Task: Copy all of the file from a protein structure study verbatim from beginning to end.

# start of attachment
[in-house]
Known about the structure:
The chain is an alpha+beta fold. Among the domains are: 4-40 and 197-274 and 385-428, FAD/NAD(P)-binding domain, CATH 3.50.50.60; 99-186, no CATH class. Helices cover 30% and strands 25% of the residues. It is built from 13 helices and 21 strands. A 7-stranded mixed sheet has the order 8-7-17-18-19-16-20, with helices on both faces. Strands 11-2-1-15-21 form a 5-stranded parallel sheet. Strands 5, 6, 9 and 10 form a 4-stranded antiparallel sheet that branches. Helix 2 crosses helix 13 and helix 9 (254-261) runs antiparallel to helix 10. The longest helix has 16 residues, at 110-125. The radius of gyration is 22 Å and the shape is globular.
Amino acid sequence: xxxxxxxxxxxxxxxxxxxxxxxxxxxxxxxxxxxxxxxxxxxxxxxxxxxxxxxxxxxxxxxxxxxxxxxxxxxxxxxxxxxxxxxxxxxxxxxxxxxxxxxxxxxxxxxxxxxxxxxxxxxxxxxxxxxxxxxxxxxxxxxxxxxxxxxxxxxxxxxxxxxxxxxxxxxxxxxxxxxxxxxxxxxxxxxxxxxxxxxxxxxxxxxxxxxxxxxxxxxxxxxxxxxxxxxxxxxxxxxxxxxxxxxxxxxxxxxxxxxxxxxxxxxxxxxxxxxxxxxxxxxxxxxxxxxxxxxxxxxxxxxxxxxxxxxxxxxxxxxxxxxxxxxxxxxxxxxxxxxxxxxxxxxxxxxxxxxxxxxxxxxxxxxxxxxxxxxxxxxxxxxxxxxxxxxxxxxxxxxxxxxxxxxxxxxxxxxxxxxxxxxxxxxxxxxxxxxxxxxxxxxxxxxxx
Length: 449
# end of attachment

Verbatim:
[in-house]
Known about the structure:
The chain is an alpha+beta fold. Among the domains are: 4-40 and 197-274 and 385-428, FAD/NAD(P)-binding domain, CATH 3.50.50.60; 99-186, no CATH class. Helices cover 30% and strands 25% of the residues. It is built from 13 helices and 21 strands. A 7-stranded mixed sheet has the order 8-7-17-18-19-16-20, with helices on both faces. Strands 11-2-1-15-21 form a 5-stranded parallel sheet. Strands 5, 6, 9 and 10 form a 4-stranded antiparallel sheet that branches. Helix 2 crosses helix 13 and helix 9 (254-261) runs antiparallel to helix 10. The longest helix has 16 residues, at 110-125. The radius of gyration is 22 Å and the shape is globular.
Amino acid sequence: xxxxxxxxxxxxxxxxxxxxxxxxxxxxxxxxxxxxxxxxxxxxxxxxxxxxxxxxxxxxxxxxxxxxxxxxxxxxxxxxxxxxxxxxxxxxxxxxxxxxxxxxxxxxxxxxxxxxxxxxxxxxxxxxxxxxxxxxxxxxxxxxxxxxxxxxxxxxxxxxxxxxxxxxxxxxxxxxxxxxxxxxxxxxxxxxxxxxxxxxxxxxxxxxxxxxxxxxxxxxxxxxxxxxxxxxxxxxxxxxxxxxxxxxxxxxxxxxxxxxxxxxxxxxxxxxxxxxxxxxxxxxxxxxxxxxxxxxxxxxxxxxxxxxxxxxxxxxxxxxxxxxxxxxxxxxxxxxxxxxxxxxxxxxxxxxxxxxxxxxxxxxxxxxxxxxxxxxxxxxxxxxxxxxxxxxxxxxxxxxxxxxxxxxxxxxxxxxxxxxxxxxxxxxxxxxxxxxxxxxxxxxxxxxx
Length: 449